On the other hand, for the commercial product (Fig. 7(a)), the reaction boundary layer was not observed to form. Its cause was predicted to be due to one of the following: 1) the temperature was too low to induce crystallization because the curing temperature of the commercial product was low at about 1100°C or 2) the Al content within the commercial Frit was relatively low. For the newly proposed glaze, the Al2O3 content was high at over 40% and the Ca concentration was relatively low in the glaze compared to the body, dispersing the Ca ion into the glaze and providing an advantage for the formation of a reaction boundary layer between the glaze and body.
The previous study revealed that sufficient curing of the bone china glaze at 1200°C produced a calcium phosphate compound and Anorthite layer with a large thermal expansion coefficient in the middle layer between the glaze and body, increasing the surface compressive stress of the glaze layer during the cooling process. However, the maximum effect obtained through the curing temperature increase resulted in a hardness increase of only about 5%. Another method of ceramic hardness enhancement was to form low thermal expansion crystalline phases in the glaze.28) However, it is difficult to apply to bone china, because its glaze loses glossy.
Therefore, the glaze for chemical strengthening proposed in this study was expected to provide the basis for obtaining a high hardness product while maintaining the transparency of the bone china glaze.

4. Conclusions

In order to improve the surface hardness of high-quality ceramic bone china, a new glaze composition for effective chemical strengthening was proposed.
The proposed glaze doubled the amounts of Na2O and Al2O3 for chemical strengthening. Chemical strengthening of the bone china with the proposed glaze applied resulted in a hardness improvement of more than 30%. The optimal conditions for chemical strengthening of 480°C for 12 h or 510°C for 3 h were expected to be sufficient to reach the highest property values.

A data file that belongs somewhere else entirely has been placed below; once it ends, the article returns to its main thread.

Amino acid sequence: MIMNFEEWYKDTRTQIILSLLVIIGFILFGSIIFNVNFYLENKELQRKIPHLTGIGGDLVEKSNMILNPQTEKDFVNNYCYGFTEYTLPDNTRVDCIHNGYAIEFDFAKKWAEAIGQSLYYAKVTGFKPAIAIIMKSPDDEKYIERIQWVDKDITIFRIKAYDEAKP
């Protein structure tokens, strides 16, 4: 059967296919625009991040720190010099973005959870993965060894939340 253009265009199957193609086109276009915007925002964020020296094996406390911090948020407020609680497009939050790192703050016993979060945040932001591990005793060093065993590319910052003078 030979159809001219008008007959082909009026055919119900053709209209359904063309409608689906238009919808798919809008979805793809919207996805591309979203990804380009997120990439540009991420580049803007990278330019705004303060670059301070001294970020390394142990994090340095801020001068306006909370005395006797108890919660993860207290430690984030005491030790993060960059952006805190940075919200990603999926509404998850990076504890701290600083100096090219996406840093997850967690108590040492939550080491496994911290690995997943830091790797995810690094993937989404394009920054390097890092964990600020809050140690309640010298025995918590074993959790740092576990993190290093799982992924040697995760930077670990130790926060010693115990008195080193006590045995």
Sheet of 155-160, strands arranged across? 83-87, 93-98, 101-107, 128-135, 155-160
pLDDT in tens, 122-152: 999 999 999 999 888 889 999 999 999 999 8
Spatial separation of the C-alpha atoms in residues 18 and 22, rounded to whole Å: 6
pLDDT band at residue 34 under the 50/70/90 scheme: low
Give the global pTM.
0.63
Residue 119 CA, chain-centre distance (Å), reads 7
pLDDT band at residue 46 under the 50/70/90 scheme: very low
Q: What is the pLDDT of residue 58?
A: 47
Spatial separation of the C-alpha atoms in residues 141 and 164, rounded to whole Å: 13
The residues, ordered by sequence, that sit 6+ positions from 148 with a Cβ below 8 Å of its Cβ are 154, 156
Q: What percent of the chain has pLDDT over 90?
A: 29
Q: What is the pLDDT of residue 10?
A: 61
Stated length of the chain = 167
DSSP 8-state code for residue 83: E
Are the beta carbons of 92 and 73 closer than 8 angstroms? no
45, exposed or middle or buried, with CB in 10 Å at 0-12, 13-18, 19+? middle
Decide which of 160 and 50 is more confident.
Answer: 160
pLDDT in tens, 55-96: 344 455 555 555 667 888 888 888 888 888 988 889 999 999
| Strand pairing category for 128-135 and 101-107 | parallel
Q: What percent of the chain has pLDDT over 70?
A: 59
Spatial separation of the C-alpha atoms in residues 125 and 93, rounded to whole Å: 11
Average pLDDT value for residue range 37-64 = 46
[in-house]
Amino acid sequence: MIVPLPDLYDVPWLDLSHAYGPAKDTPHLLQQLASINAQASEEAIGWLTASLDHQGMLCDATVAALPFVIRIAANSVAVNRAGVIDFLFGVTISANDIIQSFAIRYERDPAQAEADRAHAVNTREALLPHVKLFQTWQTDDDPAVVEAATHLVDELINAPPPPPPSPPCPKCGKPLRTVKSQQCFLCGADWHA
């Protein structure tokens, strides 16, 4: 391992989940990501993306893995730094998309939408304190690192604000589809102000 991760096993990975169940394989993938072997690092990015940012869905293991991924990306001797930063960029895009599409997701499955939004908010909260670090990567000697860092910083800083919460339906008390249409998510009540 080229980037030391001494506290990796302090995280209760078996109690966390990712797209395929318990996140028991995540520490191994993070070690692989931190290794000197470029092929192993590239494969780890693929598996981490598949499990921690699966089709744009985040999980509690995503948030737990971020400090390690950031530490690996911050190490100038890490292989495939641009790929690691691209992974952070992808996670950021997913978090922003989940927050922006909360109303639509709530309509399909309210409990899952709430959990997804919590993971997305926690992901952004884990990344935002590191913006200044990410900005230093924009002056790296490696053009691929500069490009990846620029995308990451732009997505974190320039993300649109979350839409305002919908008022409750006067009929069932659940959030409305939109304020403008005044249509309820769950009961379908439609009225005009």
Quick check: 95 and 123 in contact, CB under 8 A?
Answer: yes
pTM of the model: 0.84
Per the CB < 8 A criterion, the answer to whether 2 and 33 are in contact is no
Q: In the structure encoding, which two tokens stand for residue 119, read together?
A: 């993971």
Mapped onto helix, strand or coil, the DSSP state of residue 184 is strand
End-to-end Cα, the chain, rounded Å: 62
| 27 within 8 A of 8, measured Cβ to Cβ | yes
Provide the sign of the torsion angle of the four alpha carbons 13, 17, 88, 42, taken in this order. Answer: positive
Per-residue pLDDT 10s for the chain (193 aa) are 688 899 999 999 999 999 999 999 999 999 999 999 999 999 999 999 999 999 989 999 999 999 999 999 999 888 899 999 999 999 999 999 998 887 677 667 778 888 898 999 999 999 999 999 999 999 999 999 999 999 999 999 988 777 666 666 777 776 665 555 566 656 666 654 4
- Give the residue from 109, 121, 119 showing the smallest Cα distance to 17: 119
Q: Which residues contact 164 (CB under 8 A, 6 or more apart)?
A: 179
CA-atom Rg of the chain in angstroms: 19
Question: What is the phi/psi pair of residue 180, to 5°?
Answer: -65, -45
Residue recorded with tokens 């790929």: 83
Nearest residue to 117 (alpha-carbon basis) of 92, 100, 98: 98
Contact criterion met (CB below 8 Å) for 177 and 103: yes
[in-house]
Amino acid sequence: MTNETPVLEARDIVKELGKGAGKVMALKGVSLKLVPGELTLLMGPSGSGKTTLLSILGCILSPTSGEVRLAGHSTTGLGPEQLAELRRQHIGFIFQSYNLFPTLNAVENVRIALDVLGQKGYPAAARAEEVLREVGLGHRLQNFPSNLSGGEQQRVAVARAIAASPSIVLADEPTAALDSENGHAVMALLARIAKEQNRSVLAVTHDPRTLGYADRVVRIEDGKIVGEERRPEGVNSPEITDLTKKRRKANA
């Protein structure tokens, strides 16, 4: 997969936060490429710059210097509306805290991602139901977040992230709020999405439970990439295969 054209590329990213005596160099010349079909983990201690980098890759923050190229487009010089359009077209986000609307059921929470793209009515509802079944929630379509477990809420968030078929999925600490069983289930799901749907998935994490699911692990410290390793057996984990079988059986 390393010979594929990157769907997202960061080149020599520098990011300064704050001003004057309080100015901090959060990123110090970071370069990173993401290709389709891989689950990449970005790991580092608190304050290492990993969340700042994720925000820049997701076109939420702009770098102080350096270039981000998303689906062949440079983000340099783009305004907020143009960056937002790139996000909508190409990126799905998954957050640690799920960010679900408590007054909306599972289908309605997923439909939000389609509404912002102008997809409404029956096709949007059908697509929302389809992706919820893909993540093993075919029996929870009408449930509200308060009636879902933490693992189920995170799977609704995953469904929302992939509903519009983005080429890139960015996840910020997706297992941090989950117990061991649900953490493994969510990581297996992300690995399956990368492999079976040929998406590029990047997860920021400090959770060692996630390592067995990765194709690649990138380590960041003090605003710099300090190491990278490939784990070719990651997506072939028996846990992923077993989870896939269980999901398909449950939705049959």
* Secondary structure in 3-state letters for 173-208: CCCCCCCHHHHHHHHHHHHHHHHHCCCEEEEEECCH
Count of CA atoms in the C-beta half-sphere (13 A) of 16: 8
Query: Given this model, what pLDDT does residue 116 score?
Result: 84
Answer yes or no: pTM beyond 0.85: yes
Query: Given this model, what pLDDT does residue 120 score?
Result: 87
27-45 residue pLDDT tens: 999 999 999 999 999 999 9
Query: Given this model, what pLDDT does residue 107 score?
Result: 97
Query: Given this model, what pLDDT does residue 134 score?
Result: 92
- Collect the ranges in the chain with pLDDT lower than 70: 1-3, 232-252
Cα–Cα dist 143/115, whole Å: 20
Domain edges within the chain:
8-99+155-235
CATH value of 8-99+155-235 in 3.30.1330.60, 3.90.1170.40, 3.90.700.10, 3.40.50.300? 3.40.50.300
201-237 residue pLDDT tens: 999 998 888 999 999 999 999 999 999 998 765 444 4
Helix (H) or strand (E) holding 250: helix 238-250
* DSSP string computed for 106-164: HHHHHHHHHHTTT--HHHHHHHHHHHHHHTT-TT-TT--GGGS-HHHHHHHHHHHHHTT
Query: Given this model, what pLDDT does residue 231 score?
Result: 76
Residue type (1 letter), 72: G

Although a chemically strengthened layer of greater than 40 μm was formed through the chemical strengthening process, chemical strengthening with excessive temperature increases or extended time durations resulted in a decreasing hardness trend, and this was in agreement with the case of general chemically strengthened glass. The surface compressive stress obtained through chemical strengthening was more than 160 MPa, which was a hardness increase of more than 3 times the compressive stress due to the thermal expansion between the glaze and body.

Acknowledgments

This work was supported by the Development of Other Technology Program (Grant No.: 10070453) funded By the Ministry of Trade, Industry and Energy (Korea).

Fig. 1
Change of hardness according to chemical treatment temperatures and times.
kcers-2018-55-3-09f1.gif
Fig. 2
Change of depth of layer according to various chemical strengthening temperatures and times.
kcers-2018-55-3-09f2.gif
Fig. 3
Depth profile of potassium and sodium according to chemical strengthening times at 450°C.
kcers-2018-55-3-09f3.gif
Fig. 4
Change of hardness according to chemical strengthening temperatures for 3 h.
kcers-2018-55-3-09f4.gif
Fig. 5
Polarizing micrographs of glaze layer section (X400): (a) sample X, (b) Y, (c) Z strengthened chemically at 480°C for 12 h and (d) commercial product without treatment.
kcers-2018-55-3-09f5.gif
Fig. 6
Residual stress in the glaze layer section: (a) sample X strengthened chemically at 480°C for 12 h and (b) commercial product without treatment.
kcers-2018-55-3-09f6.gif
Fig. 7
Microstructures of glaze layer sections of (a) commercial product without treatment and (b) sample X.
kcers-2018-55-3-09f7.gif
Fig. 8
EDS results of the X glaze layer sections: (a) glaze, (b) needlelike crystalline phase and (c) calcium phosphate phase.
kcers-2018-55-3-09f8.gif
Table 1
Compositions of Body and Glaze of Bone China (wt%)
X Y Z Ref +
SiO2 60.5 61.0 59.0
Al2O3 13.0 12 10.0 7.4
B2O3 2.0 2.0 3.0

CaO 2.0 3.0 3.0
MgO 3.0 2.0 3.0 RO 20 ()
ZnO 5.5 5.5 5.5

Na2O 12.0 13 13 6.3
K2O 2.0 1.5 1.5
Li2O - - -- R2O 6.0 ()

etc. 5.0

Therm. Frit / Frit+Binder F F+B F F+B F F+B F F+B
CTE × 10−6/°C (100 - 300°C) 9.7 8.3 9.1 7.3 9.3 8.5 8.2 7.9
Tg(°C)* 592 648 598 615 584 618 481 494
Tdsp(°C)** 627 696 632 653 618 656 535 544
T1/2(°C)*** 1009 1134 1015 1079 989 1061 950 1012

+ Commercial Frit

* Tg : Glass Transition Temperature (1013.3 Poise)29)

** Tdsp : Dilatometric Softening Point (1011.3 Poise)30)

*** T1/2 : Half Sphere Temperature measured by High Temp. Microscope (104.6 Poise)30)

Unable to publish